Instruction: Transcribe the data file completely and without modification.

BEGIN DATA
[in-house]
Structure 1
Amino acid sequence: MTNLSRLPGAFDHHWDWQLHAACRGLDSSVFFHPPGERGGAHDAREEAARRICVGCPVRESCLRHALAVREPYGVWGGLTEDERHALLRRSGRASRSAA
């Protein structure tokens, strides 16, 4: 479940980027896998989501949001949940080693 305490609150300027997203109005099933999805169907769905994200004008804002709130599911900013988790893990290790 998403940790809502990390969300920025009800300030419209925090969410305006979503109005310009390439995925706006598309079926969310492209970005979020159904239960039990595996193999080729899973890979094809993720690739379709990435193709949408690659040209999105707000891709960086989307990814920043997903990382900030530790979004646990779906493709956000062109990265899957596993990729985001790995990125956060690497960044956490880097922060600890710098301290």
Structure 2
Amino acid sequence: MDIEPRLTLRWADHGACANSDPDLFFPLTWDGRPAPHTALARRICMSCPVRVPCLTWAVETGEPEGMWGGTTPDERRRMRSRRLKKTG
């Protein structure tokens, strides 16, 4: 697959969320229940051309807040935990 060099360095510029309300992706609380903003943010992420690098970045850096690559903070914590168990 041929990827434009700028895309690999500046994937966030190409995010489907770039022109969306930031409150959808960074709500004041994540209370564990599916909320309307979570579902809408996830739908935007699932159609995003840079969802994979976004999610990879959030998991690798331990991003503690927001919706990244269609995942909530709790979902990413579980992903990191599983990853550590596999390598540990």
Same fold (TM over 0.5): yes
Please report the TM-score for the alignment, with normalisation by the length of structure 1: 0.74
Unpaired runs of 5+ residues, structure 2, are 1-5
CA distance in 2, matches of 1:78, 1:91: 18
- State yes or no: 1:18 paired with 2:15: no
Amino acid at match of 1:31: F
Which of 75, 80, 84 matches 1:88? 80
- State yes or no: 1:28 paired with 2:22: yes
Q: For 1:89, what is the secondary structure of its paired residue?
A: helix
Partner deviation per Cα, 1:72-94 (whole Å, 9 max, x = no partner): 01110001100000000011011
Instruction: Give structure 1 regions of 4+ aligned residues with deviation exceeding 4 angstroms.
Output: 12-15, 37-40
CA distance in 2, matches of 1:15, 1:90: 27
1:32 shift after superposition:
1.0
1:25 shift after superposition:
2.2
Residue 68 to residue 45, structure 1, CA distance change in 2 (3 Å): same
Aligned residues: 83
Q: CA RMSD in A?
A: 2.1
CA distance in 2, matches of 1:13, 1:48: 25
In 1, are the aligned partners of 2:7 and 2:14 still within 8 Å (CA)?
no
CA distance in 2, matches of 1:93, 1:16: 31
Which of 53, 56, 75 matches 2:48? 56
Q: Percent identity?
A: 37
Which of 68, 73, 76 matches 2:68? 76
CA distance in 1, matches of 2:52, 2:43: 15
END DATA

[in-house]
Structure 1
Amino acid sequence: MTNLSRLPGAFDHHWDWQLHAACRGLDSSVFFHPPGERGGAHDAREEAARRICVGCPVRESCLRHALAVREPYGVWGGLTEDERHALLRRSGRASRSAA
């Protein structure tokens, strides 16, 4: 479940980027896998989501949001949940080693 305490609150300027997203109005099933999805169907769905994200004008804002709130599911900013988790893990290790 998403940790809502990390969300920025009800300030419209925090969410305006979503109005310009390439995925706006598309079926969310492209970005979020159904239960039990595996193999080729899973890979094809993720690739379709990435193709949408690659040209999105707000891709960086989307990814920043997903990382900030530790979004646990779906493709956000062109990265899957596993990729985001790995990125956060690497960044956490880097922060600890710098301290």
Structure 2
Amino acid sequence: MDIEPRLTLRWADHGACANSDPDLFFPLTWDGRPAPHTALARRICMSCPVRVPCLTWAVETGEPEGMWGGTTPDERRRMRSRRLKKTG
């Protein structure tokens, strides 16, 4: 697959969320229940051309807040935990 060099360095510029309300992706609380903003943010992420690098970045850096690559903070914590168990 041929990827434009700028895309690999500046994937966030190409995010489907770039022109969306930031409150959808960074709500004041994540209370564990599916909320309307979570579902809408996830739908935007699932159609995003840079969802994979976004999610990879959030998991690798331990991003503690927001919706990244269609995942909530709790979902990413579980992903990191599983990853550590596999390598540990």
Same fold (TM over 0.5): yes
Please report the TM-score for the alignment, with normalisation by the length of structure 1: 0.74
Unpaired runs of 5+ residues, structure 2, are 1-5
CA distance in 2, matches of 1:78, 1:91: 18
- State yes or no: 1:18 paired with 2:15: no
Amino acid at match of 1:31: F
Which of 75, 80, 84 matches 1:88? 80
- State yes or no: 1:28 paired with 2:22: yes
Q: For 1:89, what is the secondary structure of its paired residue?
A: helix
Partner deviation per Cα, 1:72-94 (whole Å, 9 max, x = no partner): 01110001100000000011011
Instruction: Give structure 1 regions of 4+ aligned residues with deviation exceeding 4 angstroms.
Output: 12-15, 37-40
CA distance in 2, matches of 1:15, 1:90: 27
1:32 shift after superposition:
1.0
1:25 shift after superposition:
2.2
Residue 68 to residue 45, structure 1, CA distance change in 2 (3 Å): same
Aligned residues: 83
Q: CA RMSD in A?
A: 2.1
CA distance in 2, matches of 1:13, 1:48: 25
In 1, are the aligned partners of 2:7 and 2:14 still within 8 Å (CA)?
no
CA distance in 2, matches of 1:93, 1:16: 31
Which of 53, 56, 75 matches 2:48? 56
Q: Percent identity?
A: 37
Which of 68, 73, 76 matches 2:68? 76
CA distance in 1, matches of 2:52, 2:43: 15